3 out of 4 stars
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The Biblical Clock by Daniel Friedmann and Dania Sheldon is an odyssey through history, science and religion as the author explores various theories regarding the creation of this world and its eventual end. In general, the book follows the author’s individual journey through the myriad theories available and attempts to reconcile the differences between the biblical record in Genesis and current scientific observations. During the first half of the book, chapters begin with some short context for the individual they study. They continue by explaining the significance of that individual’s theory in relation to the creation story. The second half of the book uses those theories and data to develop a plausible theory for the coming of the Messiah and the subsequent end of the world. The book includes pertinent maps, appendices, and a glossary that are critical for understanding its theories.
What I truly liked the most about this book was its subject matter: the link between science and religion. This subject is of personal importance to me and I appreciate the author’s thorough research. It is clear that the author is passionate about this subject. The information that was presented in this book was new and understandable, incorporating different theories from Judaism, Christianity, Science, and various other schools of thought. I was able to see how the author’s own theories about the creation of the world were developed as they were met with challenges, re-analyzed, and then ultimately re-worked by new solutions. I also appreciated the historical background that the author used to introduce the theorists, scientists, and rabbis that are the foundation for this book.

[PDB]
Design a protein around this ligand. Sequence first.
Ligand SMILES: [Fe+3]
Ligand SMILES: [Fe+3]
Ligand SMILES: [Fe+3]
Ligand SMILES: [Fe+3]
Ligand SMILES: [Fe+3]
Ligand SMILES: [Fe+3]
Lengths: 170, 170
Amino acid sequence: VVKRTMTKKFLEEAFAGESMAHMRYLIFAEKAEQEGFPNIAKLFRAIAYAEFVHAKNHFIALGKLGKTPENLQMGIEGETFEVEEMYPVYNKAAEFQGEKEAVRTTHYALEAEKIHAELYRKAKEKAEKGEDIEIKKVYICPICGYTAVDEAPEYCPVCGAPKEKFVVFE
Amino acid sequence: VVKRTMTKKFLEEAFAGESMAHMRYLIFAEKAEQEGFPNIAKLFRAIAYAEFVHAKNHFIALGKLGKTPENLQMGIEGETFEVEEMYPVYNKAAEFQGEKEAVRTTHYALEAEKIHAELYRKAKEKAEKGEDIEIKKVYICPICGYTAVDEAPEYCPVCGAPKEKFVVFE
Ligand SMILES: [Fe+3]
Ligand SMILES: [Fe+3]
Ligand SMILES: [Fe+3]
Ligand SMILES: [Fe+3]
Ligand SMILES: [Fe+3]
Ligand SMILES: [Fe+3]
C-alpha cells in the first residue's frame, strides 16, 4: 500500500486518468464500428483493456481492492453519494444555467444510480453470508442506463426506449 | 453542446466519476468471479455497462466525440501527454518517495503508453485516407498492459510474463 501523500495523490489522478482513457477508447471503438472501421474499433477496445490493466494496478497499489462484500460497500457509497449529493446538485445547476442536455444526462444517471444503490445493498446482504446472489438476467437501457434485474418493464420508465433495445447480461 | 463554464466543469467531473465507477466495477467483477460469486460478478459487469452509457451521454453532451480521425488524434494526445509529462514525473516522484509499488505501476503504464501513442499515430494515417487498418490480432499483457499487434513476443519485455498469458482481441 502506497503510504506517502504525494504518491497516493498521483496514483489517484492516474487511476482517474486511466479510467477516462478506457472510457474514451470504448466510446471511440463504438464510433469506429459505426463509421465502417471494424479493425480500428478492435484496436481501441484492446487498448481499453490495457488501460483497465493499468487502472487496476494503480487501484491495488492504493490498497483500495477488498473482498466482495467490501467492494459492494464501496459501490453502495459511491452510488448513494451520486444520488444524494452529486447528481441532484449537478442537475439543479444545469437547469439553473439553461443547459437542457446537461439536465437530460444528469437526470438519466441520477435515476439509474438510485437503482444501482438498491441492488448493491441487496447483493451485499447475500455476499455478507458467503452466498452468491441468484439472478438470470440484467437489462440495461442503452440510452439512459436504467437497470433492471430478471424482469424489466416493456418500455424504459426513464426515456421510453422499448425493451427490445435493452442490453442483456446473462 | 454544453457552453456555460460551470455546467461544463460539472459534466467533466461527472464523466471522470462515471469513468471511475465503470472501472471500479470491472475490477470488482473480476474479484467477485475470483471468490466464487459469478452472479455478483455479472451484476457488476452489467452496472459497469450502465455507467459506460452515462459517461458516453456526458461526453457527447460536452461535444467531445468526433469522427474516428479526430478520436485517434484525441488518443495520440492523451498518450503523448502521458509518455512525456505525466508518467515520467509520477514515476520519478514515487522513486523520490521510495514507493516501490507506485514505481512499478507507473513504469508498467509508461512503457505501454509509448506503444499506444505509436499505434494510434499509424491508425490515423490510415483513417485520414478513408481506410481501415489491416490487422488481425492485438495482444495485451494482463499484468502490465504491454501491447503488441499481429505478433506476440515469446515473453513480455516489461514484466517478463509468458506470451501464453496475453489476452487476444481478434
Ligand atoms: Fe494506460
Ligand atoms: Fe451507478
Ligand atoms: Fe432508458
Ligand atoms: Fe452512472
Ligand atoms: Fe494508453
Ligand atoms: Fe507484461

The portions of this book that I disliked most were simply those that required constant referral to the glossary in order to understand. It would have been better if my eBook reader had links to take me straight to the glossary and back again, but it didn’t. This made reading the book very choppy as I had to stop every other page to refer back to the glossary. This problem could have been more easily resolved had the author incorporated more of the glossary’s explanations into the text itself. Then, when readers needed to refresh their memory for subsequent mentions, there would not have been as much constant referral to the back of the book. The organization of the book could also have been improved. It would have made more sense if it had started with the author’s first exposure to the subject matter and his growing interest in it, then explained his very first thoughts and theories, ultimately following his research journey as he developed newer theories. Instead, the book starts somewhere in ancient Israel with no foundation for scientific or religious understanding clearly stated.
Accordingly, this book is most suited to a group of readers who have--at the least--a superficial understanding of Jewish history, culture, and the Bible. Some Jewish terms or ideas are described in the text, but most are not and the history that is explained is very brief, leaving the unfamiliar reader with a lot of holes to fill in. Thus, this book would be most enjoyed by those who have an interest in both science and religion and have a decent background in Judaism.
This book is an excellent discussion on the coexistence of science and religion. It incorporates valid theories that confirm the relationship and offers potential solutions to theories and observations that contradict it. The vision presented in this book is intriguing, original, and persuasive. If not for the organizational and technical issues, it would be an excellent work. It is for this reason that I give The Biblical Clock a rating of 3 out of 4 stars.
The Biblical Clock
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